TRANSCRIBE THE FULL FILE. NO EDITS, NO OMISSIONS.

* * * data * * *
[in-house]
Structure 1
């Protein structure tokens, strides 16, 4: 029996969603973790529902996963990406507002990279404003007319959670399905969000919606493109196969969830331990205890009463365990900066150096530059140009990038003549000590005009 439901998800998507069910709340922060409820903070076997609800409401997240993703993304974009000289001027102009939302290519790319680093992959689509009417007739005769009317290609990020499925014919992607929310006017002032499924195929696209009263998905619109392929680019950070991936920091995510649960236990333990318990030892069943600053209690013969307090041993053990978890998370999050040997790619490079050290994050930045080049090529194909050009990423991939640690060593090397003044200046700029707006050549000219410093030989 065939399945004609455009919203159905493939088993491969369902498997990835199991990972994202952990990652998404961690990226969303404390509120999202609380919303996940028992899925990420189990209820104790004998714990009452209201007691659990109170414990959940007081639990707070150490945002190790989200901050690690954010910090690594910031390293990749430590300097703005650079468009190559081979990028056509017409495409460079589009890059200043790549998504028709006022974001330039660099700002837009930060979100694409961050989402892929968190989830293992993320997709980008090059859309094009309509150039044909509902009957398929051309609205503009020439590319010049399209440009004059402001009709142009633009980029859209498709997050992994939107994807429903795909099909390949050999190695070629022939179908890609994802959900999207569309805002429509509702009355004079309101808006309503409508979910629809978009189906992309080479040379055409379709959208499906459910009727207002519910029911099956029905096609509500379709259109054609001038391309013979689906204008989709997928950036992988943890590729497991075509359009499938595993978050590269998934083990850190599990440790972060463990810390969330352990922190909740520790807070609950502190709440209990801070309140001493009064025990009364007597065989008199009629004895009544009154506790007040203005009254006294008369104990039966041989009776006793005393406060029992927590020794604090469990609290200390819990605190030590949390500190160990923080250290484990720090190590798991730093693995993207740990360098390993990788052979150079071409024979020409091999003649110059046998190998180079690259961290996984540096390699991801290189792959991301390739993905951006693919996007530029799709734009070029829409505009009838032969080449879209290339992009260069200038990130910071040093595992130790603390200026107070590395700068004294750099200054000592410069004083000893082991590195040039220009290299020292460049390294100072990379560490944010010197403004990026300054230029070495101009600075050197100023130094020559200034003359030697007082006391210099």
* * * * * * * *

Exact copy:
[in-house]
Structure 1
């Protein structure tokens, strides 16, 4: 029996969603973790529902996963990406507002990279404003007319959670399905969000919606493109196969969830331990205890009463365990900066150096530059140009990038003549000590005009 439901998800998507069910709340922060409820903070076997609800409401997240993703993304974009000289001027102009939302290519790319680093992959689509009417007739005769009317290609990020499925014919992607929310006017002032499924195929696209009263998905619109392929680019950070991936920091995510649960236990333990318990030892069943600053209690013969307090041993053990978890998370999050040997790619490079050290994050930045080049090529194909050009990423991939640690060593090397003044200046700029707006050549000219410093030989 065939399945004609455009919203159905493939088993491969369902498997990835199991990972994202952990990652998404961690990226969303404390509120999202609380919303996940028992899925990420189990209820104790004998714990009452209201007691659990109170414990959940007081639990707070150490945002190790989200901050690690954010910090690594910031390293990749430590300097703005650079468009190559081979990028056509017409495409460079589009890059200043790549998504028709006022974001330039660099700002837009930060979100694409961050989402892929968190989830293992993320997709980008090059859309094009309509150039044909509902009957398929051309609205503009020439590319010049399209440009004059402001009709142009633009980029859209498709997050992994939107994807429903795909099909390949050999190695070629022939179908890609994802959900999207569309805002429509509702009355004079309101808006309503409508979910629809978009189906992309080479040379055409379709959208499906459910009727207002519910029911099956029905096609509500379709259109054609001038391309013979689906204008989709997928950036992988943890590729497991075509359009499938595993978050590269998934083990850190599990440790972060463990810390969330352990922190909740520790807070609950502190709440209990801070309140001493009064025990009364007597065989008199009629004895009544009154506790007040203005009254006294008369104990039966041989009776006793005393406060029992927590020794604090469990609290200390819990605190030590949390500190160990923080250290484990720090190590798991730093693995993207740990360098390993990788052979150079071409024979020409091999003649110059046998190998180079690259961290996984540096390699991801290189792959991301390739993905951006693919996007530029799709734009070029829409505009009838032969080449879209290339992009260069200038990130910071040093595992130790603390200026107070590395700068004294750099200054000592410069004083000893082991590195040039220009290299020292460049390294100072990379560490944010010197403004990026300054230029070495101009600075050197100023130094020559200034003359030697007082006391210099």